“Um-hm. William Herschel. Other astronomers had thought it was a star. Even he thought it was a comet at first. Sometimes all you need is a fresh set of eyes. Pop!” A star came out. “Boom!” Another.

“You’re not making them blow up, are you?”

“Don’t be ridiculous. I can hear them before they appear.”

Gloria rubbed her arms. “I can hear how sad people are. Happy, too. But a lot of them are sad.”

“Do you think this will make them happier?” He offered her his hand.

Gloria smiled. She took it. “It did for us.”

Fire Alarm

Posted: April 20, 2014 by writingsprint in Drama
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running manBEEP BEEP BEEP

Ann almost jumped completely out of bed. The fire alarm strobes in her hotel room weren’t flashing, but the beep sounded like one.

A loudspeaker somewhere in her room said, “Attention. Attention. A security alert has been triggered in your area. Please remain in your room and await further instructions. Do not use the elevators. Do not use the doors.”

“Why, oh why, didn’t I stay at my aunt’s?” Ann asked.

BEEP BEEP BEEP

The message repeated. Ann held her head. There was a convention of Benevolent Order of the something or other in the building. Maybe an old man reliving his early twenties got plastered and pulled the fire alarm.

The message repeated a third time. “I heard you already!” she cried.

Ann double-locked the door for good measure. Just as she did, she heard an elevator bell ring, followed by hard, running footsteps.

An envelope was slipped under the door. Ann jumped back. She didn’t touch it.

The footsteps receded.

Coming the other way, she heard at least two sets of footsteps. Someone talked fast into a walkie-talkie. They sounded angry.

Ann curled up in her night shirt and stared at the envelope. Now what? Open it? Call security?

Ten long minutes later, the beeping went off again.

BEEP BEEP BEEP

The loudspeaker said, “Attention. Attention. Security has investigated and there is no danger. You may resume normal activities.”

“Normal. Right. I’m being held hostage by an envelope,” Ann said


Photo credit: Stuart Anthony at Flickr.com
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Decorating the Yard

Posted: April 1, 2014 by writingsprint in Fantasy
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black and yellow argiope

Black and yellow argiope

As soon as the morning sun hit the fairy, it sizzled and curled into a pile of little ashes and bones. Carl could still see its spindly, bug-like wings. For some reason that creeped him out most of all. Mr. Traumer flushed the ashes down his toilet and gave the jar back to Carl.

Now the jar was filled with two dozen spiders, mostly garden orb weavers – the brown tiger guys – and black and yellow argos… argo-something. Carl twitched his shoulders as he put his hand on top of the lid. He hated spiders. One of them was one thing, but this? He felt like they were crawling on him already, little, tiny legs touching his flesh eight legs at a time. He stood near trees in his back yard. He wanted to start with the webs here.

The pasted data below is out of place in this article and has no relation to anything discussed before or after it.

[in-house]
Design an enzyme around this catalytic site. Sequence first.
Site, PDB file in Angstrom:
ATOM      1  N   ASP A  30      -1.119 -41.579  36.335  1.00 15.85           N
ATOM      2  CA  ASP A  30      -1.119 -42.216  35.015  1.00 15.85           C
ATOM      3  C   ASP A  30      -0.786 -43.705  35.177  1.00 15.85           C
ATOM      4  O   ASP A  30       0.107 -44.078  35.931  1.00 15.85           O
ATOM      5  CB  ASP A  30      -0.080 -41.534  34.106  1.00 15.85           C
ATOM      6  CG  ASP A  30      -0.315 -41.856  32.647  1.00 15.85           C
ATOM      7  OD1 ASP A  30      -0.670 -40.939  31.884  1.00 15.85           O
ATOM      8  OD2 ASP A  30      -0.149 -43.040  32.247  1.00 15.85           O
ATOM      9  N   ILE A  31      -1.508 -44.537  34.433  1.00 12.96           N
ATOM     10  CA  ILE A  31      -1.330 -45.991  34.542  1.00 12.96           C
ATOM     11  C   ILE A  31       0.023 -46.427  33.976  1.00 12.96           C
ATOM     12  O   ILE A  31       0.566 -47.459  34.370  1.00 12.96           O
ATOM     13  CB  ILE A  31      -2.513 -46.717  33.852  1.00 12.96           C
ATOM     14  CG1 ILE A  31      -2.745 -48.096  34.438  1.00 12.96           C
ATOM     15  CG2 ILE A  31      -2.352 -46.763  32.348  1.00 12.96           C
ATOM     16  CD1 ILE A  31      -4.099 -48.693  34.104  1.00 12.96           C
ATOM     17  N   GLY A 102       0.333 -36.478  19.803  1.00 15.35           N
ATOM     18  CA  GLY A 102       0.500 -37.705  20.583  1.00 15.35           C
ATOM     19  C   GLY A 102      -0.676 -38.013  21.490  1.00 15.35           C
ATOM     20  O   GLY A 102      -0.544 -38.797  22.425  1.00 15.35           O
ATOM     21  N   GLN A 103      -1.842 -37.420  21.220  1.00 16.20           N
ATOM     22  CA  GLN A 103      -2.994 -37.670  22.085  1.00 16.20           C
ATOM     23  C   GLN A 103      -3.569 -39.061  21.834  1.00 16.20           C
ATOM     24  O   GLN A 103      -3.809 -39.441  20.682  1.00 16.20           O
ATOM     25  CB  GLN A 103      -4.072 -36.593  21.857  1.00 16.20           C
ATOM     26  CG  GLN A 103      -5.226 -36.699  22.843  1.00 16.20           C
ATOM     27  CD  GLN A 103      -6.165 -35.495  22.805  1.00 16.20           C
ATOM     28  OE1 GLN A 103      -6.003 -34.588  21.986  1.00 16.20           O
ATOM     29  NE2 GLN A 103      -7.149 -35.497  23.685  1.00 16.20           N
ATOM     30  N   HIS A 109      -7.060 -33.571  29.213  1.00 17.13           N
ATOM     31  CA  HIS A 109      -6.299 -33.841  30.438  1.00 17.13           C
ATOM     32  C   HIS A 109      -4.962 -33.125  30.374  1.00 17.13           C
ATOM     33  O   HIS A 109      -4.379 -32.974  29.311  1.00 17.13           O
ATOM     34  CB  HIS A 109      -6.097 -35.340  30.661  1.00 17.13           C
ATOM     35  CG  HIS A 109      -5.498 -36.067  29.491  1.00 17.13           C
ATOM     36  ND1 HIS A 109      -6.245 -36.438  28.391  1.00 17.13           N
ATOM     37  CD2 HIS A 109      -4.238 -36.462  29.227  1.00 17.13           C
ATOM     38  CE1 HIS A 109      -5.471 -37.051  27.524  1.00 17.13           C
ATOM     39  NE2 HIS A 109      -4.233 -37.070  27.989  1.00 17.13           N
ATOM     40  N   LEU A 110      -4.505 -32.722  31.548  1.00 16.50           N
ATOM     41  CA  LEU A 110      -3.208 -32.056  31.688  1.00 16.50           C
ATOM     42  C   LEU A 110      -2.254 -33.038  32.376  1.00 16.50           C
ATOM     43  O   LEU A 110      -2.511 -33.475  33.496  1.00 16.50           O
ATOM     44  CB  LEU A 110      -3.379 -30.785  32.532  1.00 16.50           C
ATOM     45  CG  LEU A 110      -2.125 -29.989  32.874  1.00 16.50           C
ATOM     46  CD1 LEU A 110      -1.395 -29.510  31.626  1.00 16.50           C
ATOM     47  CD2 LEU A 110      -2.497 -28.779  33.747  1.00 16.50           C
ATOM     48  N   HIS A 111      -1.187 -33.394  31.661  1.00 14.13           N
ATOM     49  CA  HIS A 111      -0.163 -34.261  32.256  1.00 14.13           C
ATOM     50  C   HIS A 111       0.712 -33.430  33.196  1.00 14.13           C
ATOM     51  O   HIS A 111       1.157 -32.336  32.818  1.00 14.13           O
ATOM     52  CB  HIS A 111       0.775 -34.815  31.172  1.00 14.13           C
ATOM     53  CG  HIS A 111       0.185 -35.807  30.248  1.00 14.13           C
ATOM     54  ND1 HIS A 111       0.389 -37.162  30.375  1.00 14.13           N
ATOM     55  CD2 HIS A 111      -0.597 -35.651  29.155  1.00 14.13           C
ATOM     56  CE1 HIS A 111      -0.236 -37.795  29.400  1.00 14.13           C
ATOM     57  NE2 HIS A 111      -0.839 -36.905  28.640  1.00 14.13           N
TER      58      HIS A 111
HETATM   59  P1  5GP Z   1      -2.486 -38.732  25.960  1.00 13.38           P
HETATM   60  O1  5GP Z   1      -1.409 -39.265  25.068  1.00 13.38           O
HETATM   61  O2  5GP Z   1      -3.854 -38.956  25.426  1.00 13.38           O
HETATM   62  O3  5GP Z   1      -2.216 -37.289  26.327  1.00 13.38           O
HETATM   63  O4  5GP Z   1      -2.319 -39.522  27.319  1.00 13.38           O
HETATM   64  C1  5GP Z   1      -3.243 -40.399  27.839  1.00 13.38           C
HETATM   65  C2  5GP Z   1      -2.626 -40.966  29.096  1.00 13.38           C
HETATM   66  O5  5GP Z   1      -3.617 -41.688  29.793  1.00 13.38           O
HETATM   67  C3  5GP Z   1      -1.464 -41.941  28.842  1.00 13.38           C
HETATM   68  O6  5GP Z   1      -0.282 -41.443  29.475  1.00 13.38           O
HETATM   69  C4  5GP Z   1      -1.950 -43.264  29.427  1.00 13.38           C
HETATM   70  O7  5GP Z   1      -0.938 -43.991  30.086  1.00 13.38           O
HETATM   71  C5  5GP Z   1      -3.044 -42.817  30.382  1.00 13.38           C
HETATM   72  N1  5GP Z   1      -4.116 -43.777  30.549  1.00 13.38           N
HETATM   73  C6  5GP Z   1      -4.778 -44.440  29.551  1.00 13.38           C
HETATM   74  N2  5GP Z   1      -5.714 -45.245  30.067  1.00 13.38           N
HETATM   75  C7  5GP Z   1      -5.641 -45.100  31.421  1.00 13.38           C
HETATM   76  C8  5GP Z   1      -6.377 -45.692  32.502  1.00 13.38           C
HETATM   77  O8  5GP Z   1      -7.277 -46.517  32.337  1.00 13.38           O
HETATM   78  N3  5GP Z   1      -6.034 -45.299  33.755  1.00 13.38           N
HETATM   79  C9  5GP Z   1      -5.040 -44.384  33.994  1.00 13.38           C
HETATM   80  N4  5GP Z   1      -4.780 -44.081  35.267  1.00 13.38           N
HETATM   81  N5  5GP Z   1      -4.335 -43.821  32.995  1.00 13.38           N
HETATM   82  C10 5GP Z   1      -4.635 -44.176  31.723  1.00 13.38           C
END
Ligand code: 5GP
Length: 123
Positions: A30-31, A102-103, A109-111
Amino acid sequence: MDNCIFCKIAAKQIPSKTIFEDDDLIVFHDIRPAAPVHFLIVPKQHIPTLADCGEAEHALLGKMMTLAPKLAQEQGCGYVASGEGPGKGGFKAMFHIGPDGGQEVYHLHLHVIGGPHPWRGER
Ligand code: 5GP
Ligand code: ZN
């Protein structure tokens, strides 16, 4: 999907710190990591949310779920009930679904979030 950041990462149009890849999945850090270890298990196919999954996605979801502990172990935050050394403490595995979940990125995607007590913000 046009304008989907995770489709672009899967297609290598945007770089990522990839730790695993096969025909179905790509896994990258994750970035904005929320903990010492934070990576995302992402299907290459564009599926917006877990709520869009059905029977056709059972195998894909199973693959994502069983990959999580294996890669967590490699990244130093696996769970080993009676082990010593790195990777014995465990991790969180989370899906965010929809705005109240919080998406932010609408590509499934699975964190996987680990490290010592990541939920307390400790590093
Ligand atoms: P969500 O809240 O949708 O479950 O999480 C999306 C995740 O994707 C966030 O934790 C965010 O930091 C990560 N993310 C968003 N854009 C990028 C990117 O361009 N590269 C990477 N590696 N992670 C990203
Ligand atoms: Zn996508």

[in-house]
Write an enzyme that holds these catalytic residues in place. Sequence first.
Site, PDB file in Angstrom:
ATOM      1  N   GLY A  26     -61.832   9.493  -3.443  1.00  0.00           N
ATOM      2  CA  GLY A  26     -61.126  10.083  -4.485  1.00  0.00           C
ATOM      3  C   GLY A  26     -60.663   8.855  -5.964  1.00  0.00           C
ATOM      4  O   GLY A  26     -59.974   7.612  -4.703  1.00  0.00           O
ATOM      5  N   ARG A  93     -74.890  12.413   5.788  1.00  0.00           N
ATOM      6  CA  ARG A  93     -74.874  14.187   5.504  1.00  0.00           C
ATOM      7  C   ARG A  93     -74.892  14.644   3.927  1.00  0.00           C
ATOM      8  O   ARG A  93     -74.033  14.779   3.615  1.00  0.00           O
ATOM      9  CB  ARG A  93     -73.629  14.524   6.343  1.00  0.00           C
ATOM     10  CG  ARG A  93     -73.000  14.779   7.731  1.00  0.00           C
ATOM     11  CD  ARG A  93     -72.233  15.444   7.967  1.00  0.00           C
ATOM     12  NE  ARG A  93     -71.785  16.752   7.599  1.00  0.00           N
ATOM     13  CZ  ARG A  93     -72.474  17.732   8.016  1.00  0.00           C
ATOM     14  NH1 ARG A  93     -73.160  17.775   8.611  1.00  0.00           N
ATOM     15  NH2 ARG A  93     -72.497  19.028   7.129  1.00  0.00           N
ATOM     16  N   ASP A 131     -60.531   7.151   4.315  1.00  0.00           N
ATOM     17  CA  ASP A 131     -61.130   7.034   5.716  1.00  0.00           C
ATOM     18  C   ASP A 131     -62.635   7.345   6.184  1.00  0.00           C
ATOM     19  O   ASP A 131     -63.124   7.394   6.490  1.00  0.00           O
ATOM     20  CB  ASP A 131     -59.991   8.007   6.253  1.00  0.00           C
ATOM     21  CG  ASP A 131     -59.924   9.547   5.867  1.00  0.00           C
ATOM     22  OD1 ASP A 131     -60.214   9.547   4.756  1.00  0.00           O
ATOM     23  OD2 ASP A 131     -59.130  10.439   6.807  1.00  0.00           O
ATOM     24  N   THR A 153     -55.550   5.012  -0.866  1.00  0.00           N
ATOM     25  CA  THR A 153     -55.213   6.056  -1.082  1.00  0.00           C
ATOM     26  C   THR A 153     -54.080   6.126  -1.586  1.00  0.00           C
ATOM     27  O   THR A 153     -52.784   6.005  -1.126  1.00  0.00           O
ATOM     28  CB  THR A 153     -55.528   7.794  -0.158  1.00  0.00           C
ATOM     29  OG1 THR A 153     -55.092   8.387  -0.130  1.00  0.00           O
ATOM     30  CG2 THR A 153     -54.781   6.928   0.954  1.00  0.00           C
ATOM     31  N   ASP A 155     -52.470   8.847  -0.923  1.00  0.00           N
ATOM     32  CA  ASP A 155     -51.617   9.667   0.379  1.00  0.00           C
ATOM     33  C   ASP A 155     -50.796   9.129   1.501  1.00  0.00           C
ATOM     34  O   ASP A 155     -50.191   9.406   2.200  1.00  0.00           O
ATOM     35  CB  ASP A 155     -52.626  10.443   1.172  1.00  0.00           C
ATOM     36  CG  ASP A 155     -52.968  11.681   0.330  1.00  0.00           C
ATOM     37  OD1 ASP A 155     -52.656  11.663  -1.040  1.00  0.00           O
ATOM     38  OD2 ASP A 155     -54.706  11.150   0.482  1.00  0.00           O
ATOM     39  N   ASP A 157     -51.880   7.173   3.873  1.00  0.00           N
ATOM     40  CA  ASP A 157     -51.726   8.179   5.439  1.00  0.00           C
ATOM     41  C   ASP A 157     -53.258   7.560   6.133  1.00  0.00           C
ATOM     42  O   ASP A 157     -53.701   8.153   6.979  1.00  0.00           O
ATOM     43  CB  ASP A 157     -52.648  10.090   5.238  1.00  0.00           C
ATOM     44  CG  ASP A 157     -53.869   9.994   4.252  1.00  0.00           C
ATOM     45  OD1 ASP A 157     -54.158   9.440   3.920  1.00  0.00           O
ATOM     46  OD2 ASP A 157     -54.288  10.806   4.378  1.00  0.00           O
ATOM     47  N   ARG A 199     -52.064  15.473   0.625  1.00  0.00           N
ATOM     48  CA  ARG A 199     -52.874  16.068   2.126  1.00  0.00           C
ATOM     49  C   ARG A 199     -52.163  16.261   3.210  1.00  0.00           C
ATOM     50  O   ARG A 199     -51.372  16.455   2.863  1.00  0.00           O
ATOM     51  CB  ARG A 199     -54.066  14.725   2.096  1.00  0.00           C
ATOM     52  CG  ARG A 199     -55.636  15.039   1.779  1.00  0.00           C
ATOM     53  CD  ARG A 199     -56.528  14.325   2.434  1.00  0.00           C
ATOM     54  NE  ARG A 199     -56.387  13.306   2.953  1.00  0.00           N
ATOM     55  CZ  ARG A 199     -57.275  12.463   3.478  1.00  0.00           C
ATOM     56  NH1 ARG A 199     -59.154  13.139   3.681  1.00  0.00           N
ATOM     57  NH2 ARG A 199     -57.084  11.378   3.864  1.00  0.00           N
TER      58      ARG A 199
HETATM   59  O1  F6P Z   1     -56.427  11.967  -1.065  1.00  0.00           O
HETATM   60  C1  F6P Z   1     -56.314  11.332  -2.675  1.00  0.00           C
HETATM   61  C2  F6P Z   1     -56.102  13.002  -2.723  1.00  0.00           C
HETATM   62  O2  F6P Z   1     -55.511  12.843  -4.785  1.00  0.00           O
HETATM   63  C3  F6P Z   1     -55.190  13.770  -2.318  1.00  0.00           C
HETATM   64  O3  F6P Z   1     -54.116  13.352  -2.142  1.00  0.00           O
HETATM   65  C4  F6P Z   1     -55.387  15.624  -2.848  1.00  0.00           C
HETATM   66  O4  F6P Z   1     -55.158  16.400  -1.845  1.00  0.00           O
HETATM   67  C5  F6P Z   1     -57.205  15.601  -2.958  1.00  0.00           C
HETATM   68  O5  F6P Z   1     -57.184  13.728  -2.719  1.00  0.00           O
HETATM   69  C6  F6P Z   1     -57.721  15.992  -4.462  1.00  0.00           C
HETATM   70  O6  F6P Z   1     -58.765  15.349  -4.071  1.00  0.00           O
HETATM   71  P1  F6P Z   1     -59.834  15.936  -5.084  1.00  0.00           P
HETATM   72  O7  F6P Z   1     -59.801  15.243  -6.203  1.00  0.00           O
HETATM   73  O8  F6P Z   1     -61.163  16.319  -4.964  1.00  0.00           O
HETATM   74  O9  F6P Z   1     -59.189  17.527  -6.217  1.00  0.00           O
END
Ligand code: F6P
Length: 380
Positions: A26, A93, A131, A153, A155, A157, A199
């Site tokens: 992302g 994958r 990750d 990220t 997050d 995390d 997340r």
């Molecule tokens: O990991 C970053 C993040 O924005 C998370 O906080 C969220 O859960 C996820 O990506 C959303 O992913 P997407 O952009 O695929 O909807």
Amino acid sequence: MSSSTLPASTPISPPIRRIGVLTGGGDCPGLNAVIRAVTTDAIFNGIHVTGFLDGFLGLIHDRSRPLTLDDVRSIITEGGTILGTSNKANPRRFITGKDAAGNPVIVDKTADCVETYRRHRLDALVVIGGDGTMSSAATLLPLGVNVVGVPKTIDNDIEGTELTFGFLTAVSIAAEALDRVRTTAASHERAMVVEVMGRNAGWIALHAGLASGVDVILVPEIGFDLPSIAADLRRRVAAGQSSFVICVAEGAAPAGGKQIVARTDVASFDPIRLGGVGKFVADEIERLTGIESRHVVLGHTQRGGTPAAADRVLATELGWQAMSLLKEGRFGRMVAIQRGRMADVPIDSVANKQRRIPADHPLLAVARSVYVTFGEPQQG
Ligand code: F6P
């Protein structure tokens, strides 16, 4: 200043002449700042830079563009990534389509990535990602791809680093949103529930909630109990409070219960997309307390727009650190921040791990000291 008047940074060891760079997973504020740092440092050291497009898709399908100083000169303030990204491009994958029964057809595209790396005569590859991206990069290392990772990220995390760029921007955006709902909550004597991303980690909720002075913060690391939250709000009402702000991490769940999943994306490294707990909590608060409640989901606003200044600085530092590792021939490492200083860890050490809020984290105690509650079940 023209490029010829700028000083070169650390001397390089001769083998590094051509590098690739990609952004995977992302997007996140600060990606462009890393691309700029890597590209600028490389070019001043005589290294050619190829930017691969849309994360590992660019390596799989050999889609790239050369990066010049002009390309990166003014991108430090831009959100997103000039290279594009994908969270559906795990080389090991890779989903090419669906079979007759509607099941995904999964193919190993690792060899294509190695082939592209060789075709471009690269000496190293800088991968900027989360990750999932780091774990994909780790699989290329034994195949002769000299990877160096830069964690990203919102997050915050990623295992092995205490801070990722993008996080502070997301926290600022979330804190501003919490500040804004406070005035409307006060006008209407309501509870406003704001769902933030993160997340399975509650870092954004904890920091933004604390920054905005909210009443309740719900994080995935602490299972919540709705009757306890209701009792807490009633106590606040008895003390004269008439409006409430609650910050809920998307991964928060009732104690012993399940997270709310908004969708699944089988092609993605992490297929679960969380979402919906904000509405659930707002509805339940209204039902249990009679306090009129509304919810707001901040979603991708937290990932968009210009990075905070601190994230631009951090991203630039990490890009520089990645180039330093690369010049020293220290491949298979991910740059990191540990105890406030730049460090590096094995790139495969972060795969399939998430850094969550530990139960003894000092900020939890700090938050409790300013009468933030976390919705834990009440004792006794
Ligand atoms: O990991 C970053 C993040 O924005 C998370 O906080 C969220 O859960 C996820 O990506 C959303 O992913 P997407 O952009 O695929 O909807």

The spiders crawled and slipped on the glass sides of the jar. They clambered over each other to get to the top. They seemed to know it was time to get out.

They were going to climb on him. He knew it.

“If they do, I’m dropping the jar and we’re selling the house. Forget it,” Carl said. He closed his eyes. “All right, man up and do this.”

Carl opened the jar. He held it pointed straight up, then tilted it over slowly. The spiders started making it up the side of the glass.

Two. A third. Two more. The spiders dropped on the ground and ran for the trees.

Carl closed the jar, careful not to crush any. He shuddered again. He checked his shoes for spiders. There weren’t any underfoot, so Carl walked around to the side of the house.

Carl repeated the ritual three more times. As he returned to the back of the house, he though he saw the beginnings of two webs on the dogwood in the back. Spiders didn’t work that fast, but then, there was no such thing as vampire fairies, either.

He called Jen as he watched. Yup. Definitely two webs.

“Baby! How did it go?” she asked.

“Weird. Mr. Traumer knew about the… whatever they are. He gave me some spiders and now I’m decorating the yard with them.”

Jen made a shivering squeak. “Tell me that you didn’t put any inside the house.”

One was already starting to work on back deck. “There are none inside the house.” Yet. “You and Jessie sit tight. Mr. Traumer says I need to stay here tonight and fight it out.”

“Why the hell do you need to do that? Isn’t that what the bugs are for?”

Carl held up the empty jar. He thought he saw a fragment of vampire fairy bone still stuck at the bottom. “Because I took one of them, and they’ll be coming for me tonight.”

“Whiskey, tango, foxtrot,” Jen said.

“Amen, love.”

Weird is Good

Posted: March 17, 2014 by writingsprint in My two cents
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weird is good

A Brave Man in Boxers